A reader from Oregon wrote to say his purchased yellowjacket traps did nothing to stop yellowjackets. A northern California reader said she left the traps hanging all spring and summer and captured one yellowjacket, even though she could see them flying all around her garden and beehives. What gives?
The problem is usually one of mistaken identity. Although we refer to most yellow-and-black waspy-looking things as “yellowjackets,” the reality is more complex.
The first thing to remember is wasps, yellowjackets, and hornets are all wasps. They may be different species or different genera, but they all fall into the wasp group. The second thing of note is that a “yellow jacket” (two words) is an outerwear garment made from yellow fabric—a different topic altogether. I have both.
Most yellowjackets are in the genus Vespula. Usually, these live in underground cavities and can deliver a series of nasty stings. They are difficult to distinguish from one another, but if you’re inclined, the pattern of stripes on the abdomen can give you clues to their identity.
However, one common yellowjacket is in a different genus. This species does not live underground; instead, it builds a large bulbous paper nest in a tree. If no trees are available, as in some urban areas, this wasp will build its paper nest on the side of a building.
These tree-nesters are commonly called aerial yellowjackets since they nest in the air, not underground. Aerial yellowjackets are in the genus Dolichovespula, along with a close relative, the bald-faced hornet.
Most North Americans have run into a bald-faced hornet (Dolichovespula maculata) at least once. These wasps are widespread in Canada and the US, especially on the west coast, in the Rocky Mountains, and throughout the eastern and southeastern states. Bold black-and-white markings, including a white patch on the face, give them their common name. You may also hear them called blackjackets, white-faced hornets, or spruce wasps.
Like the aerial yellowjacket (Dolichovespula arenaria), bald-faced hornets live in trees. They build large paper nests by chewing wood into a pulp with saliva and then gluing it in place. The nest can be huge, with 400–700 workers. Their populations build throughout the season, with the maximum number occurring in July through October. They love nothing more than a delicious meal of honey bees to serve their young.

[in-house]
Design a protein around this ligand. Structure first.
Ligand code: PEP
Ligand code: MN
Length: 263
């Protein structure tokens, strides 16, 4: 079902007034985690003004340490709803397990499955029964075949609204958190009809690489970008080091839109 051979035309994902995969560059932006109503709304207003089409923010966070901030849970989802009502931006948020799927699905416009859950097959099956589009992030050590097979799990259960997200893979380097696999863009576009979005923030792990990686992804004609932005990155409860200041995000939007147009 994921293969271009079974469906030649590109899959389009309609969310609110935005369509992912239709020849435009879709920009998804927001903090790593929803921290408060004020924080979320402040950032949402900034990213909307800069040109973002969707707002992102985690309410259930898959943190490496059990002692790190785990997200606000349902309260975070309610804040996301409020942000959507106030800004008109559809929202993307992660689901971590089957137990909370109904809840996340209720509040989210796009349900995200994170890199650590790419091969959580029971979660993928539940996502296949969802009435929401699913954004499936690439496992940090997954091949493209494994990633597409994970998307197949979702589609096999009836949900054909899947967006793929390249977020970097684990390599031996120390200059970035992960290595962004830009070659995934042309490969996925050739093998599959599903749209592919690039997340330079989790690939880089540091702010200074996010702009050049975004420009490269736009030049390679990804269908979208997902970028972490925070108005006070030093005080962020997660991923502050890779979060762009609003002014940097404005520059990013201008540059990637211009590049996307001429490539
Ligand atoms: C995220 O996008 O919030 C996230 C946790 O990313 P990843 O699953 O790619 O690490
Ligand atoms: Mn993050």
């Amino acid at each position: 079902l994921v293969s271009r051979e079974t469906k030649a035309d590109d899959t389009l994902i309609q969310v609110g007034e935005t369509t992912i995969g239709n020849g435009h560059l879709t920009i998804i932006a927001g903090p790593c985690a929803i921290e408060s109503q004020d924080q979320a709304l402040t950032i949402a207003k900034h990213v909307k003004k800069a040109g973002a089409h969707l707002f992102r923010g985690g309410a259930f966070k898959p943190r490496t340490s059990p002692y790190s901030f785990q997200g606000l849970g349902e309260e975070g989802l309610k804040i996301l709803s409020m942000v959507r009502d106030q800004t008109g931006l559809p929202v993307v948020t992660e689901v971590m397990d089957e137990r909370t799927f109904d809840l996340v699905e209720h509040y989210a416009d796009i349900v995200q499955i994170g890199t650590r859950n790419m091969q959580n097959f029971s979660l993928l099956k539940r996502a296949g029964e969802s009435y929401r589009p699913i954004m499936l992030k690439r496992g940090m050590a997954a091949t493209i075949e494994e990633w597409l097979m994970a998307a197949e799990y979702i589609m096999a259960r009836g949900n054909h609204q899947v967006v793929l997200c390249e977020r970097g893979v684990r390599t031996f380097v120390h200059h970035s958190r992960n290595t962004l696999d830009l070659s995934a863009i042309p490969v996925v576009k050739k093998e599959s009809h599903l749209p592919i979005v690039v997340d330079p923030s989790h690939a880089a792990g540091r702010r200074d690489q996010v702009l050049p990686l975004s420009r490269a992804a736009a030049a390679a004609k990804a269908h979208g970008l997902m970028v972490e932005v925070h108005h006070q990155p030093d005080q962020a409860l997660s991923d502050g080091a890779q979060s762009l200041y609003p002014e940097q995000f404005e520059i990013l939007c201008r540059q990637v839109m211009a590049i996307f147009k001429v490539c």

To add to the confusion, paper wasps are also mistaken for yellowjackets, especially the yellow and black ones such as the golden paper wasp and the European paper wasps. Paper wasps are in yet another genus, Polistes. They build “umbrella nests” that are much smaller than the nests of Dolichovespula, and they have a stalk that makes them look like an inverted umbrella. The nests often hang from porch ceilings and eaves.
Although they, too, are predators of other insects, the smaller nests house fewer individuals. Polistes have long legs that dangle below their bodies as they fly, making them easy to identify.
What’s in the yellowjacket trap?
Pheromones are often used to bait the commercial traps. But many traps that are labeled to catch “yellowjackets” are designed to lure insects in the genus Vespula. Vespula, as you now know, does not include paper wasps, aerial yellowjackets, or bald-faced hornets.
When you want to capture these others, you must look for traps that specifically list them. Remember, pheromones are very specific: they are not one-size-fits-all. Traps for these others exist, but you need to 1) figure out which insects you have and then 2) look for them on the label.
Personally, I have found that nothing catches a broad spectrum of wasps like brown sugar and water. Others like to make meat traps or yeast traps. It’s up to you, but it always helps to know what you have before you try to get rid of it.
Honey Bee Suite
Note: The top image shows a group of bald-faced hornets at their nest in my backyard.
*This post contains an affiliate link.